Sunday, December 1, 2013

Storms, flooding can unleash a toxic soup

Desmond Brown in IPS News: It’s a dirty, smelly business, but wastewater is gaining prominence across the Caribbean as countries from Jamaica in the west to Guyana in the south increasingly recognise its effects on the environment and the importance of improving its management.

Coordinator of the Guyana Wastewater Revolving Fund Marlon Daniels told IPS that with the advent of climate change, protecting the environment has become more of a challenge for countries of the region. He explained that climate change has resulted in unusual weather patterns, including more rainfall and flash flooding, and these have caused an increase in sewerage entering the sea.

“One of the effects of improving access to water, as required under Goal 7 of the United Nations Millennium Development Goals, is that more people instead of using a pit latrine now use a flush toilet, so they have an on-site treatment in the form of a septic tank,” Daniels said.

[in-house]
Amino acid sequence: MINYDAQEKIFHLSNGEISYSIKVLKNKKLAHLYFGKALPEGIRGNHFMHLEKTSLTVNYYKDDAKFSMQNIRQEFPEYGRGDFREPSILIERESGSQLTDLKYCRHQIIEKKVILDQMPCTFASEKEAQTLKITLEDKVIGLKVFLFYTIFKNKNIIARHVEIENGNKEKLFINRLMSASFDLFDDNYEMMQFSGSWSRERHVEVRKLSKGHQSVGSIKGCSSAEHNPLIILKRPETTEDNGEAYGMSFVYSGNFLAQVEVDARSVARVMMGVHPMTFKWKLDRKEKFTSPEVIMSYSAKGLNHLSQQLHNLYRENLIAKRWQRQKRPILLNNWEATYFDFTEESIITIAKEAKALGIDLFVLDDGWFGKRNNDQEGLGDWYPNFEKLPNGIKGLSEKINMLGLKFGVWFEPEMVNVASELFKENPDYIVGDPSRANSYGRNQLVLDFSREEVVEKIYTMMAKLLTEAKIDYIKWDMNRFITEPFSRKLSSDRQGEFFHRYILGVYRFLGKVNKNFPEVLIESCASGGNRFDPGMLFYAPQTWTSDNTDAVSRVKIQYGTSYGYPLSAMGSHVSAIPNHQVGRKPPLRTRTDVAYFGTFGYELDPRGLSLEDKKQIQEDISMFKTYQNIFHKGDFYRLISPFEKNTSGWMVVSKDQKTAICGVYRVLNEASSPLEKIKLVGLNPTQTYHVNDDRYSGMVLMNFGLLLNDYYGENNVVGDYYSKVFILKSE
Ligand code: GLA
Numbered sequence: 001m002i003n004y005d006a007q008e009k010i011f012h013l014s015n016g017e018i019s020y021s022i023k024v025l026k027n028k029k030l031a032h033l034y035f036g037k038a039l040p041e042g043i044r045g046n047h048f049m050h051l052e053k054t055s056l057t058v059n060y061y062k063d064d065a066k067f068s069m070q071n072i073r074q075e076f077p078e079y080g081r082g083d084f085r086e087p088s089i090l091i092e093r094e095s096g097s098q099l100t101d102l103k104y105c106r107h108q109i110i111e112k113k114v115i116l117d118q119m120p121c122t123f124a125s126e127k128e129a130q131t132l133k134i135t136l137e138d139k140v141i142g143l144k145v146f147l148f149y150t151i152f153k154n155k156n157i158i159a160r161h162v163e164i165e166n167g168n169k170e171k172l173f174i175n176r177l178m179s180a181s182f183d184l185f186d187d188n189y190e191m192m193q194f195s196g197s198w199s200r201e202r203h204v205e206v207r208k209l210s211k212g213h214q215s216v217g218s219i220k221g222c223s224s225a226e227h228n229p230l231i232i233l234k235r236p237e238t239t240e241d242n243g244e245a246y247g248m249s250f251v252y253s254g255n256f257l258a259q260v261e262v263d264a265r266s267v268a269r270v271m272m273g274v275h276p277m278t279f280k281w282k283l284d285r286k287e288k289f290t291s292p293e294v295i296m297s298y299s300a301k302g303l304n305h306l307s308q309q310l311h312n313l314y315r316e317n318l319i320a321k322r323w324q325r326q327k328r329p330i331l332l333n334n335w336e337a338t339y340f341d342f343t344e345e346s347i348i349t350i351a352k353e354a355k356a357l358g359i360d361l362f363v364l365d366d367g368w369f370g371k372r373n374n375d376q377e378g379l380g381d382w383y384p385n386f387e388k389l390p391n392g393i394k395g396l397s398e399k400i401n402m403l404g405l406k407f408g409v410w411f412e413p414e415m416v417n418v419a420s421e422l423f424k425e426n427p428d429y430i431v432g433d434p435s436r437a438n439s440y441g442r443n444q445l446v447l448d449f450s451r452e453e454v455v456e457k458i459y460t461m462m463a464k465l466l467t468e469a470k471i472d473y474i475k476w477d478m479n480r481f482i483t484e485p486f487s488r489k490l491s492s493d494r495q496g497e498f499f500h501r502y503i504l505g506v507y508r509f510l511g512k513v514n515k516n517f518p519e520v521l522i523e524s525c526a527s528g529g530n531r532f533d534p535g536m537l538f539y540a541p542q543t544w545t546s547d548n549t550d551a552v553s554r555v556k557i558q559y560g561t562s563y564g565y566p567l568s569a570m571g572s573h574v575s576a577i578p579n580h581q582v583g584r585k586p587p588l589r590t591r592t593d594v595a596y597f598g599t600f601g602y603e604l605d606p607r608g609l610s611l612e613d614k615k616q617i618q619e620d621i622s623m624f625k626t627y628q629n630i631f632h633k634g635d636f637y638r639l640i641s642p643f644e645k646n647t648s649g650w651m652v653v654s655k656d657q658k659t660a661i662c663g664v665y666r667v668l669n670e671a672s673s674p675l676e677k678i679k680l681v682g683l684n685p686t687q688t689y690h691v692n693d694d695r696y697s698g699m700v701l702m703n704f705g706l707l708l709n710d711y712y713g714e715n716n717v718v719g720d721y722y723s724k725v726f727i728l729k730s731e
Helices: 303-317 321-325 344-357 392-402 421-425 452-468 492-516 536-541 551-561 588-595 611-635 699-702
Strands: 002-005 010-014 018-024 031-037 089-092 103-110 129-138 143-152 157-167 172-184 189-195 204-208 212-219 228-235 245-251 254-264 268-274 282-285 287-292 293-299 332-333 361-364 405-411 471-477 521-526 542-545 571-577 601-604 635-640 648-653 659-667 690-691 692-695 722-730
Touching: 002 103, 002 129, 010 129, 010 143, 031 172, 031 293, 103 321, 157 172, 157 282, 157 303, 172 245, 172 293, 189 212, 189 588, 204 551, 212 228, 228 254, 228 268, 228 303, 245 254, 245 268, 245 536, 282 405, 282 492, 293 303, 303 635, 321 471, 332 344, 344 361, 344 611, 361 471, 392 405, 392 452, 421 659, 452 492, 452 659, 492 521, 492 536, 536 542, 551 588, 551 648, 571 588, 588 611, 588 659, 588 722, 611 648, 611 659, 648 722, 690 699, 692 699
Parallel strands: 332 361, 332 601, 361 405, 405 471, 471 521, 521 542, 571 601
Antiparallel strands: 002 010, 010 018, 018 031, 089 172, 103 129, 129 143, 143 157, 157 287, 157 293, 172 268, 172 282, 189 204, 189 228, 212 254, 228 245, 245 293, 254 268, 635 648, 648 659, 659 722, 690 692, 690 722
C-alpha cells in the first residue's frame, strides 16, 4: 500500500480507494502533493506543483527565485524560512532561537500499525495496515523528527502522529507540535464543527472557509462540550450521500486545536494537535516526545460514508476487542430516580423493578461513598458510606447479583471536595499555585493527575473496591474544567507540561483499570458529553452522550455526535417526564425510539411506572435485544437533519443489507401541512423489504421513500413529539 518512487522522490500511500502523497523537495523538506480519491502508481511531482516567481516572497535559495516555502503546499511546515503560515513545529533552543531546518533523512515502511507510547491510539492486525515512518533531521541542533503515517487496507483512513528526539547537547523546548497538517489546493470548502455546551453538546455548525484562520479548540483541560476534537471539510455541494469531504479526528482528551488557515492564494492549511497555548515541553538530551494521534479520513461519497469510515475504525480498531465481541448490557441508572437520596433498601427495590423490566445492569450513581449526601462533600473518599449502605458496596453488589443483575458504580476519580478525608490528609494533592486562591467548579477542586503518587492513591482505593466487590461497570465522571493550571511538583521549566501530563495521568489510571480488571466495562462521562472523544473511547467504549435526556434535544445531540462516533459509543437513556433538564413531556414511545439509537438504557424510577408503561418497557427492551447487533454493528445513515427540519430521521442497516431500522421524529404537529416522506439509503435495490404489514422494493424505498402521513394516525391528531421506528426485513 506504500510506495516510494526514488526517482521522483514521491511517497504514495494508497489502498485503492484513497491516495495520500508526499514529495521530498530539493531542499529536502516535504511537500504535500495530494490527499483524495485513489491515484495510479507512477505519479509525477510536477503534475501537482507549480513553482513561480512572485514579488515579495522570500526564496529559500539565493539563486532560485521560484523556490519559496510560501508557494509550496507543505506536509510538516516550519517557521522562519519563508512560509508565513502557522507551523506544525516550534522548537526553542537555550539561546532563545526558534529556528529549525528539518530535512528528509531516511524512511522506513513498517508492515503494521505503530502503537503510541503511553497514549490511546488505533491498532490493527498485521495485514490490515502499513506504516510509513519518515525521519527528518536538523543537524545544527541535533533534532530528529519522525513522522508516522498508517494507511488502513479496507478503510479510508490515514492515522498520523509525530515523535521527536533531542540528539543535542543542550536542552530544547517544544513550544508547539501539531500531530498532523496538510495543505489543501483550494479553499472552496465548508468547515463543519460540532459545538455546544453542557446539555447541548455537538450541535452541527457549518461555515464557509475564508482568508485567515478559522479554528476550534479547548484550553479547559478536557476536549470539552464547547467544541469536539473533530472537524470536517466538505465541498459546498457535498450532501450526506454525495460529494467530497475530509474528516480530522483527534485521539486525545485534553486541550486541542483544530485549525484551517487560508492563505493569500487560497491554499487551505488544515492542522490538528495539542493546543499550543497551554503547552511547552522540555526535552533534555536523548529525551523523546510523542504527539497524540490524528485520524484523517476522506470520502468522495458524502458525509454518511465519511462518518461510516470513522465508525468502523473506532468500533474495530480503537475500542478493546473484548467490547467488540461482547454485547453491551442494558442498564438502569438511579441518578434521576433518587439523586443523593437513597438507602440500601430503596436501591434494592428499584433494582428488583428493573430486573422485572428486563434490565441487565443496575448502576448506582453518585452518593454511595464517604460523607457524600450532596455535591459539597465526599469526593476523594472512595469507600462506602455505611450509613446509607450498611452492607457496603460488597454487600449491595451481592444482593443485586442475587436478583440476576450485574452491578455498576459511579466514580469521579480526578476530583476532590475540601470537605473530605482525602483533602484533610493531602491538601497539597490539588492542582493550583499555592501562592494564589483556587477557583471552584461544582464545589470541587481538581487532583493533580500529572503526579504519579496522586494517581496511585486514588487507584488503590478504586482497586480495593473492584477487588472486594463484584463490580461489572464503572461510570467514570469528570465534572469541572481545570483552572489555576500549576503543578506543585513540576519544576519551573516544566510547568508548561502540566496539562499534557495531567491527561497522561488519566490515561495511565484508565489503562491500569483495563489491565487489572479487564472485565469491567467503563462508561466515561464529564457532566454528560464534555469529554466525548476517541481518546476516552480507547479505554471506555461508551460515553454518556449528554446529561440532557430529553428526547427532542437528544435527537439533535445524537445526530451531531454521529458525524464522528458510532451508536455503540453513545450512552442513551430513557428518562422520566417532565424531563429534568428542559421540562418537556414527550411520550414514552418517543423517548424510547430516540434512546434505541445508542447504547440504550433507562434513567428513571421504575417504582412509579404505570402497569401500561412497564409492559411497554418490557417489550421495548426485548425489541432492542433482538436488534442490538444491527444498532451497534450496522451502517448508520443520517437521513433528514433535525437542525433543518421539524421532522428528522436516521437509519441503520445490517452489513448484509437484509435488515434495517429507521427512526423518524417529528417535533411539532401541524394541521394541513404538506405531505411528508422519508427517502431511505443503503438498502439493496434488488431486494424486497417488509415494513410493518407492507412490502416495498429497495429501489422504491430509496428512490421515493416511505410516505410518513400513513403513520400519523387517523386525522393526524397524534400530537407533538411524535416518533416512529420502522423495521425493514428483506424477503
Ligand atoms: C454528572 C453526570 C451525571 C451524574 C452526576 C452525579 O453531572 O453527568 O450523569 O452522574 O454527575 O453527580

“When you have a huge storm or heavy rain, you have a toxic soup. There is refuse from septic tanks, which is not as dirty as raw sewerage but it’s still rich in nutrients and pathogens. All of that wastewater ends up in the environment as floodwater and you have populations being exposed to that.”

Dr. Donna-May Sakura-Lemessy, deputy director at the Trinidad-based Institute of Marine Affairs (IMA), says while the Caribbean benefits tremendously from the tourism industry – last year visitors spent an estimated 26 billion dollars – tourism-dependent economies of small island Caribbean states suffer the most from untreated wastewater with the destruction of reefs and the pollution of beaches....

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